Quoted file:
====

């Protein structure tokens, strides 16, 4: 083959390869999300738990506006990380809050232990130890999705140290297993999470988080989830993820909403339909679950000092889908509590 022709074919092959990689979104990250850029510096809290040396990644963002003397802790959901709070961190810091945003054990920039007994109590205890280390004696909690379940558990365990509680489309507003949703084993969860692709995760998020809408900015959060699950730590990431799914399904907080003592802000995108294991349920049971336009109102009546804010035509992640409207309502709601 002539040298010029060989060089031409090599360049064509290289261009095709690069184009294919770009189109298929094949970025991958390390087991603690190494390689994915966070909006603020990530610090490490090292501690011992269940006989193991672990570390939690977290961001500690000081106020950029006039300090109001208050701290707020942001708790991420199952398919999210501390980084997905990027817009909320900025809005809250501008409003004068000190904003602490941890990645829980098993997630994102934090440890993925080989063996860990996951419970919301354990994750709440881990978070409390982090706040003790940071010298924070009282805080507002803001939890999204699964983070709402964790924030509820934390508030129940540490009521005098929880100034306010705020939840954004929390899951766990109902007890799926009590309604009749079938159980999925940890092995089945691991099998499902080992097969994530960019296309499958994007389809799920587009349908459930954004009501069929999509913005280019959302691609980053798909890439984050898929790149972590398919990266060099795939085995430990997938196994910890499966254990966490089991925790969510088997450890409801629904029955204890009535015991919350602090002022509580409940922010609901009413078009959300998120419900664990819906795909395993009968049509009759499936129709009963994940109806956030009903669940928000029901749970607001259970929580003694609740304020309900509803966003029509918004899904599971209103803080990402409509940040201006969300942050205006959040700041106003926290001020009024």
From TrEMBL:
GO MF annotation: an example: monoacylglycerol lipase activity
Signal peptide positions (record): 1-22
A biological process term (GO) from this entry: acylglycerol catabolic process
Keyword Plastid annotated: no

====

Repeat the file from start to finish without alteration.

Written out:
């Protein structure tokens, strides 16, 4: 083959390869999300738990506006990380809050232990130890999705140290297993999470988080989830993820909403339909679950000092889908509590 022709074919092959990689979104990250850029510096809290040396990644963002003397802790959901709070961190810091945003054990920039007994109590205890280390004696909690379940558990365990509680489309507003949703084993969860692709995760998020809408900015959060699950730590990431799914399904907080003592802000995108294991349920049971336009109102009546804010035509992640409207309502709601 002539040298010029060989060089031409090599360049064509290289261009095709690069184009294919770009189109298929094949970025991958390390087991603690190494390689994915966070909006603020990530610090490490090292501690011992269940006989193991672990570390939690977290961001500690000081106020950029006039300090109001208050701290707020942001708790991420199952398919999210501390980084997905990027817009909320900025809005809250501008409003004068000190904003602490941890990645829980098993997630994102934090440890993925080989063996860990996951419970919301354990994750709440881990978070409390982090706040003790940071010298924070009282805080507002803001939890999204699964983070709402964790924030509820934390508030129940540490009521005098929880100034306010705020939840954004929390899951766990109902007890799926009590309604009749079938159980999925940890092995089945691991099998499902080992097969994530960019296309499958994007389809799920587009349908459930954004009501069929999509913005280019959302691609980053798909890439984050898929790149972590398919990266060099795939085995430990997938196994910890499966254990966490089991925790969510088997450890409801629904029955204890009535015991919350602090002022509580409940922010609901009413078009959300998120419900664990819906795909395993009968049509009759499936129709009963994940109806956030009903669940928000029901749970607001259970929580003694609740304020309900509803966003029509918004899904599971209103803080990402409509940040201006969300942050205006959040700041106003926290001020009024």
From TrEMBL:
GO MF annotation: an example: monoacylglycerol lipase activity
Signal peptide positions (record): 1-22
A biological process term (GO) from this entry: acylglycerol catabolic process
Keyword Plastid annotated: no